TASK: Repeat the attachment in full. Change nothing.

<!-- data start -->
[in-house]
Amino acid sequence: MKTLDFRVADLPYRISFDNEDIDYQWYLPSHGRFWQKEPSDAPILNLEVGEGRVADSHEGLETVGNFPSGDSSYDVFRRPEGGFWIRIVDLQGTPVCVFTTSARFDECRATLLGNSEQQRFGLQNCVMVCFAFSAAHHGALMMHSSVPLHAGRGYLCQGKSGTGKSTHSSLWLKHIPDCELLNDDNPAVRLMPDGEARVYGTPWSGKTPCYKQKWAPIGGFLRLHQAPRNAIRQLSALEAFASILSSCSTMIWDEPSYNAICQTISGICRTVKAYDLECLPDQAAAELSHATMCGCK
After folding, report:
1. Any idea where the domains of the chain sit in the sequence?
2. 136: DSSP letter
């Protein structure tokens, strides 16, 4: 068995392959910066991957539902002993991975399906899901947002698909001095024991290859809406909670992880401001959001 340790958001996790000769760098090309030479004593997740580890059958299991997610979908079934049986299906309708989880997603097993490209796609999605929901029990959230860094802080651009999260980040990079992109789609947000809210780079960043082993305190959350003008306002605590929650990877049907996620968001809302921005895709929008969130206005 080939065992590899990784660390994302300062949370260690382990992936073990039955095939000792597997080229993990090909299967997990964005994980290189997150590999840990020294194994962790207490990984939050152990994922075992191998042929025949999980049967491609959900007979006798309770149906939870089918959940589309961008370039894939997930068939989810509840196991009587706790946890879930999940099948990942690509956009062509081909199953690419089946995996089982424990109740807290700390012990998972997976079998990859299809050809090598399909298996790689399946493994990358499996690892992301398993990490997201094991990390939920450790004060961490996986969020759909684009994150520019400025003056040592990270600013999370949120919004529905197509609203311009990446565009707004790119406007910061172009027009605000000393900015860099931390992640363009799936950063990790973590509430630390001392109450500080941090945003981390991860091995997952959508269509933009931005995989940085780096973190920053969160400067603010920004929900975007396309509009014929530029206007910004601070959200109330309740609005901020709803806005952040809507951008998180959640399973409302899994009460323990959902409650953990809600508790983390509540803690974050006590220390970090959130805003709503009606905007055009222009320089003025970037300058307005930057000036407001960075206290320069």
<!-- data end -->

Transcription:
[in-house]
Amino acid sequence: MKTLDFRVADLPYRISFDNEDIDYQWYLPSHGRFWQKEPSDAPILNLEVGEGRVADSHEGLETVGNFPSGDSSYDVFRRPEGGFWIRIVDLQGTPVCVFTTSARFDECRATLLGNSEQQRFGLQNCVMVCFAFSAAHHGALMMHSSVPLHAGRGYLCQGKSGTGKSTHSSLWLKHIPDCELLNDDNPAVRLMPDGEARVYGTPWSGKTPCYKQKWAPIGGFLRLHQAPRNAIRQLSALEAFASILSSCSTMIWDEPSYNAICQTISGICRTVKAYDLECLPDQAAAELSHATMCGCK
After folding, report:
1. Any idea where the domains of the chain sit in the sequence?
2. 136: DSSP letter
């Protein structure tokens, strides 16, 4: 068995392959910066991957539902002993991975399906899901947002698909001095024991290859809406909670992880401001959001 340790958001996790000769760098090309030479004593997740580890059958299991997610979908079934049986299906309708989880997603097993490209796609999605929901029990959230860094802080651009999260980040990079992109789609947000809210780079960043082993305190959350003008306002605590929650990877049907996620968001809302921005895709929008969130206005 080939065992590899990784660390994302300062949370260690382990992936073990039955095939000792597997080229993990090909299967997990964005994980290189997150590999840990020294194994962790207490990984939050152990994922075992191998042929025949999980049967491609959900007979006798309770149906939870089918959940589309961008370039894939997930068939989810509840196991009587706790946890879930999940099948990942690509956009062509081909199953690419089946995996089982424990109740807290700390012990998972997976079998990859299809050809090598399909298996790689399946493994990358499996690892992301398993990490997201094991990390939920450790004060961490996986969020759909684009994150520019400025003056040592990270600013999370949120919004529905197509609203311009990446565009707004790119406007910061172009027009605000000393900015860099931390992640363009799936950063990790973590509430630390001392109450500080941090945003981390991860091995997952959508269509933009931005995989940085780096973190920053969160400067603010920004929900975007396309509009014929530029206007910004601070959200109330309740609005901020709803806005952040809507951008998180959640399973409302899994009460323990959902409650953990809600508790983390509540803690974050006590220390970090959130805003709503009606905007055009222009320089003025970037300058307005930057000036407001960075206290320069």